Disco Clams Light Up the Sea with Rippling Show: The Secrets to Their Displays (VIDEO)
Disco clams are known for the rippling, rhythmic light show they display with their mirrored lips, visible even in the depths of the ocean. Now, scientists have uncovered the secret behind this light show, revealing how the clam performs this unique behavior.
Disco clams, known as Ctenoides ales, can be found in the tropical areas of the Pacific Ocean. They live in crevices on reefs and typically cluster in groups of two or more. The flashing light that the clams produce is probably to either attract prey, other clams and potential breeding partners, or is used to ward away predators.
Lindsey Dougherty, the lead researcher of this new study, has been fascinated by disco clams ever since she spotted one while diving in 2010 in Indonesia at the age of 14. Since then, she's studied the clam in order to find out how it managed to put on the light show underwater.
Actually spotting what was going on wasn't easy, though. Dougherty used high speed video, transmission electron microscopy, spectrometry, energy dispersive x-ray spectroscopy and computer modeling in order to study the detailed internal structure of the clam's lip. She quickly found out that the flashing was not, as most people thought, a form of bioluminescence. Instead, when the clam unfurls its lip a millimeter-wide mirror is revealed and reflects the ambient light.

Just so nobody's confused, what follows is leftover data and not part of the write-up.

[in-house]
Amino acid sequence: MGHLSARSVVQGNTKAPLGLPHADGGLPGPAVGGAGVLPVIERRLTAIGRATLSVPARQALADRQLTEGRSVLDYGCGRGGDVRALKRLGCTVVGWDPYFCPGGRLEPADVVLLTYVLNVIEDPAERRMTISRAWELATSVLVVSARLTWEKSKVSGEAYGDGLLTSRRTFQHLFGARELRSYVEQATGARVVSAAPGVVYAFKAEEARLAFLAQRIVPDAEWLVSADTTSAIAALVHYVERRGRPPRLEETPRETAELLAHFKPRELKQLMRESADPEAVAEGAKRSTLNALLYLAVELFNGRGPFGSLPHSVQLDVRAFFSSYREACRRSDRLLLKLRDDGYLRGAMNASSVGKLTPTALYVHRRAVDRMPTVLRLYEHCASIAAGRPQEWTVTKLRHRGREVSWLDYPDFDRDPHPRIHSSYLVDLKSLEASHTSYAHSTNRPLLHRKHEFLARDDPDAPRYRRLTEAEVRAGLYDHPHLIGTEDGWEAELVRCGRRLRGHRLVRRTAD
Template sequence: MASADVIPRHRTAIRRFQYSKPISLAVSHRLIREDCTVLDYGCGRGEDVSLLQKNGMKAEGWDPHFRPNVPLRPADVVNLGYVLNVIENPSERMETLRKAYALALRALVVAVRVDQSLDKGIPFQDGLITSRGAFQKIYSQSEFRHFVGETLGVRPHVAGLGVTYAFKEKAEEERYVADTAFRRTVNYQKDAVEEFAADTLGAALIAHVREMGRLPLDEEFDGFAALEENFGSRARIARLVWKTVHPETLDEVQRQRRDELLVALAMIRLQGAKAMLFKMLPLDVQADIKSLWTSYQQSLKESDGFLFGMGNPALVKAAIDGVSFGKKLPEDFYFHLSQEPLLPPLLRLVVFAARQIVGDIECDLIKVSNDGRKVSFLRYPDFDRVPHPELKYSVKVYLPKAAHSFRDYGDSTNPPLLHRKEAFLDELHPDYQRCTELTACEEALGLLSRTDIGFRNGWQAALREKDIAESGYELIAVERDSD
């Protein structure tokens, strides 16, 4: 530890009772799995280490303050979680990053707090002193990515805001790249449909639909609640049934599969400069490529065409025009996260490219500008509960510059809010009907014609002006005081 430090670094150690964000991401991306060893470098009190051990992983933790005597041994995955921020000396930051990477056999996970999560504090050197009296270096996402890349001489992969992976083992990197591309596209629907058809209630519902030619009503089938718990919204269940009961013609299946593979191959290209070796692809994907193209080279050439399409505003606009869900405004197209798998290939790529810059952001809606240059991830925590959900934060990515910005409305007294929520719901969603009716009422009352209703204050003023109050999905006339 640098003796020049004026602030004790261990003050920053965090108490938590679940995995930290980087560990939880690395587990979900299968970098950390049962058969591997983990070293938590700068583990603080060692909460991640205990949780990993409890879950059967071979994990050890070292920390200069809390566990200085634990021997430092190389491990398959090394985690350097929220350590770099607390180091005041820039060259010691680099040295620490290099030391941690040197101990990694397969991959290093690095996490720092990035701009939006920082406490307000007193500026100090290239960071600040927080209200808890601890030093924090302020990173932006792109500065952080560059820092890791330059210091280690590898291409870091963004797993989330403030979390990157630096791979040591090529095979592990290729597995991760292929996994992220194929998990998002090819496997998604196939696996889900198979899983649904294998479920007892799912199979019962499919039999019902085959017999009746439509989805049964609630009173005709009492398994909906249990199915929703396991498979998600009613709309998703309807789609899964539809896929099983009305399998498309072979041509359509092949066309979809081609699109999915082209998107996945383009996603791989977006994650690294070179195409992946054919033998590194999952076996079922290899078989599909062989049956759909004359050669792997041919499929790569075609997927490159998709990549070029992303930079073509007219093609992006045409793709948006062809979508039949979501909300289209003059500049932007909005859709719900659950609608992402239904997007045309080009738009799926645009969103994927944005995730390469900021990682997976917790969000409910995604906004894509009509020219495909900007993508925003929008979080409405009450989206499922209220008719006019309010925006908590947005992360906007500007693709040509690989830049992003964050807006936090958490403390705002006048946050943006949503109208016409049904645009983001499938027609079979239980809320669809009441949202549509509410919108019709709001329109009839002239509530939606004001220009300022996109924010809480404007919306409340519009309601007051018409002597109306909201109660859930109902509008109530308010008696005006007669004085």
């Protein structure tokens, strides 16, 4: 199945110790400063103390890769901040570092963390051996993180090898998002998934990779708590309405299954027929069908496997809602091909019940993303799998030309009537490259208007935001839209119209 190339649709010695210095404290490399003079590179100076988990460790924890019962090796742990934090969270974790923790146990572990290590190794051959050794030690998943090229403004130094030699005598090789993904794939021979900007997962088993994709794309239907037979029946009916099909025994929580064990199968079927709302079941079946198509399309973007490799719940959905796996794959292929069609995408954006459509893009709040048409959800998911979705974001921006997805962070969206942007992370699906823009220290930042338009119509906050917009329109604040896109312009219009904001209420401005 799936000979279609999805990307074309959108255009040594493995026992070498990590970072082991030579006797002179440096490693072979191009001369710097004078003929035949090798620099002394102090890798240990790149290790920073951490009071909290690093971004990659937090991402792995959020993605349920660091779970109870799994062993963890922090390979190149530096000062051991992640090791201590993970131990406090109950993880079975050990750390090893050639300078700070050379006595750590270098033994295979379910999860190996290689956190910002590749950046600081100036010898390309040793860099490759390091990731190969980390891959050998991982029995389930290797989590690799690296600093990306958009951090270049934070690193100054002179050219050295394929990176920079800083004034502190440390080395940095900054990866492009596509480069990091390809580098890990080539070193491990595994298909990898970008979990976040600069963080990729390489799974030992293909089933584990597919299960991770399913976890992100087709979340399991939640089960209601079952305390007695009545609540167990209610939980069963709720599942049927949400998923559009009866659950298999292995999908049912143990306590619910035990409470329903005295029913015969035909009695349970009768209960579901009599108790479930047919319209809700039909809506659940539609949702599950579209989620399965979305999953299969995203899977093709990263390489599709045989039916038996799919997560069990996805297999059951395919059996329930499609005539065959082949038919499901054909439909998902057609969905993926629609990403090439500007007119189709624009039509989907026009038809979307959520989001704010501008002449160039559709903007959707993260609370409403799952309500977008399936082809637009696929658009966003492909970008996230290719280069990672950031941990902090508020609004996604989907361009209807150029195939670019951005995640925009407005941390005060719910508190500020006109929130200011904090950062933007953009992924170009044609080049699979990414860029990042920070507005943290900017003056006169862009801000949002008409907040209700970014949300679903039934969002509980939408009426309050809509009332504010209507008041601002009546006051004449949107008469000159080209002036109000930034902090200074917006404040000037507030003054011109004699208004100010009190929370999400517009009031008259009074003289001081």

The inside of the clam's lip is packed with tiny spheres of silica that are only about 340 nanometers in diameter. These spheres are ideal reflectors and are only revealed when the clam unfurls its lip; this means that by repeatedly furling and unfurling its lip, the clam can produce a continual rippling light show.
The findings reveal a bit more about this unusual animal behavior. Currently, the scientists are planning to study the structure of the clam's eyes in order to see whether the clams can detect the light. If they can, it may be a possible explanation as to why the clams use the light in the first place; it could be a possible way to signal one another.
The findings are published in the Journal of the Royal Society Interface.
Want to see the disco clam in action? Check out the video below, courtesy of YouTube.